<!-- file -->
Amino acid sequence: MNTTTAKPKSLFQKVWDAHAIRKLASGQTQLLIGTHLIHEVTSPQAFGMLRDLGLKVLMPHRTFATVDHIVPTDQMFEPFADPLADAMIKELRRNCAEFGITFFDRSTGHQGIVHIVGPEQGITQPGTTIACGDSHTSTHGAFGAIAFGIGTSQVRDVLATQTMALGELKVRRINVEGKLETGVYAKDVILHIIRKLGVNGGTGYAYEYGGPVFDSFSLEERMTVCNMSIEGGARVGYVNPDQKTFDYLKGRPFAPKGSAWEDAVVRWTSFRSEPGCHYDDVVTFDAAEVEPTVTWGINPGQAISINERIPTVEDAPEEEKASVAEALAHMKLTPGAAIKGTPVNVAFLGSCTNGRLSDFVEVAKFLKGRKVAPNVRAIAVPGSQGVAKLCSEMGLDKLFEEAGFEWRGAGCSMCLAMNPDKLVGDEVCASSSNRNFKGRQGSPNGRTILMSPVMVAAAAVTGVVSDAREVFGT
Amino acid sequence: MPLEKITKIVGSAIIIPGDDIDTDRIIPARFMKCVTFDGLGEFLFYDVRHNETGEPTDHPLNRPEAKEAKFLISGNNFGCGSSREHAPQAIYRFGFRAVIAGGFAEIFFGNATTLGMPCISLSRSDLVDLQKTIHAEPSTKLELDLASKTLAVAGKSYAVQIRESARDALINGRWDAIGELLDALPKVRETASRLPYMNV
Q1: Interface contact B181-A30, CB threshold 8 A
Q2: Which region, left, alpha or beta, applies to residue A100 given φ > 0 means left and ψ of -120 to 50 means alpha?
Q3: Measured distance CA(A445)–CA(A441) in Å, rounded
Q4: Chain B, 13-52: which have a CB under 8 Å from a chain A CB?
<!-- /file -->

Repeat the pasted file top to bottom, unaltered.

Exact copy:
Amino acid sequence: MNTTTAKPKSLFQKVWDAHAIRKLASGQTQLLIGTHLIHEVTSPQAFGMLRDLGLKVLMPHRTFATVDHIVPTDQMFEPFADPLADAMIKELRRNCAEFGITFFDRSTGHQGIVHIVGPEQGITQPGTTIACGDSHTSTHGAFGAIAFGIGTSQVRDVLATQTMALGELKVRRINVEGKLETGVYAKDVILHIIRKLGVNGGTGYAYEYGGPVFDSFSLEERMTVCNMSIEGGARVGYVNPDQKTFDYLKGRPFAPKGSAWEDAVVRWTSFRSEPGCHYDDVVTFDAAEVEPTVTWGINPGQAISINERIPTVEDAPEEEKASVAEALAHMKLTPGAAIKGTPVNVAFLGSCTNGRLSDFVEVAKFLKGRKVAPNVRAIAVPGSQGVAKLCSEMGLDKLFEEAGFEWRGAGCSMCLAMNPDKLVGDEVCASSSNRNFKGRQGSPNGRTILMSPVMVAAAAVTGVVSDAREVFGT
Amino acid sequence: MPLEKITKIVGSAIIIPGDDIDTDRIIPARFMKCVTFDGLGEFLFYDVRHNETGEPTDHPLNRPEAKEAKFLISGNNFGCGSSREHAPQAIYRFGFRAVIAGGFAEIFFGNATTLGMPCISLSRSDLVDLQKTIHAEPSTKLELDLASKTLAVAGKSYAVQIRESARDALINGRWDAIGELLDALPKVRETASRLPYMNV
Q1: Interface contact B181-A30, CB threshold 8 A
Q2: Which region, left, alpha or beta, applies to residue A100 given φ > 0 means left and ψ of -120 to 50 means alpha?
Q3: Measured distance CA(A445)–CA(A441) in Å, rounded
Q4: Chain B, 13-52: which have a CB under 8 Å from a chain A CB?